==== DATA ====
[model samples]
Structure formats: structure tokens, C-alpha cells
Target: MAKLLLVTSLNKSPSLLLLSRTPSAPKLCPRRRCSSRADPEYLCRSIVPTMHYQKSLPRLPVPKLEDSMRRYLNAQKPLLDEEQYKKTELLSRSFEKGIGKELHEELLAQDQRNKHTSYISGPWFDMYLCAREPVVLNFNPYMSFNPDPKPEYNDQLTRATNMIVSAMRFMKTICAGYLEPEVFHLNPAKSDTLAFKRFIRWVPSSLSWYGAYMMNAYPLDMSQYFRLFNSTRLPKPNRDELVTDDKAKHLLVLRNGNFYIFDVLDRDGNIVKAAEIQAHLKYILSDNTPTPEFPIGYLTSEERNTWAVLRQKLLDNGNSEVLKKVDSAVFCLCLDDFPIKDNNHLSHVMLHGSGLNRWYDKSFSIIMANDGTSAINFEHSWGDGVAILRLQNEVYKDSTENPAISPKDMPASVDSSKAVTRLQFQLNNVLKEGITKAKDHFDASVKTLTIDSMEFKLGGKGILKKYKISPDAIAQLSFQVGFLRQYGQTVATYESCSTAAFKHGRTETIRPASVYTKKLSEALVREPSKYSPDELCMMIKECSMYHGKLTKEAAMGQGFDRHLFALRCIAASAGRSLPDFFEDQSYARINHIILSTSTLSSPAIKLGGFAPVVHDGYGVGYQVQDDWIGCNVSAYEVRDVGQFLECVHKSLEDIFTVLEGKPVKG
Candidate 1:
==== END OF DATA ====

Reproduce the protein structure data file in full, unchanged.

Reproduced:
[model samples]
Structure formats: structure tokens, C-alpha cells
Target: MAKLLLVTSLNKSPSLLLLSRTPSAPKLCPRRRCSSRADPEYLCRSIVPTMHYQKSLPRLPVPKLEDSMRRYLNAQKPLLDEEQYKKTELLSRSFEKGIGKELHEELLAQDQRNKHTSYISGPWFDMYLCAREPVVLNFNPYMSFNPDPKPEYNDQLTRATNMIVSAMRFMKTICAGYLEPEVFHLNPAKSDTLAFKRFIRWVPSSLSWYGAYMMNAYPLDMSQYFRLFNSTRLPKPNRDELVTDDKAKHLLVLRNGNFYIFDVLDRDGNIVKAAEIQAHLKYILSDNTPTPEFPIGYLTSEERNTWAVLRQKLLDNGNSEVLKKVDSAVFCLCLDDFPIKDNNHLSHVMLHGSGLNRWYDKSFSIIMANDGTSAINFEHSWGDGVAILRLQNEVYKDSTENPAISPKDMPASVDSSKAVTRLQFQLNNVLKEGITKAKDHFDASVKTLTIDSMEFKLGGKGILKKYKISPDAIAQLSFQVGFLRQYGQTVATYESCSTAAFKHGRTETIRPASVYTKKLSEALVREPSKYSPDELCMMIKECSMYHGKLTKEAAMGQGFDRHLFALRCIAASAGRSLPDFFEDQSYARINHIILSTSTLSSPAIKLGGFAPVVHDGYGVGYQVQDDWIGCNVSAYEVRDVGQFLECVHKSLEDIFTVLEGKPVKG
Candidate 1: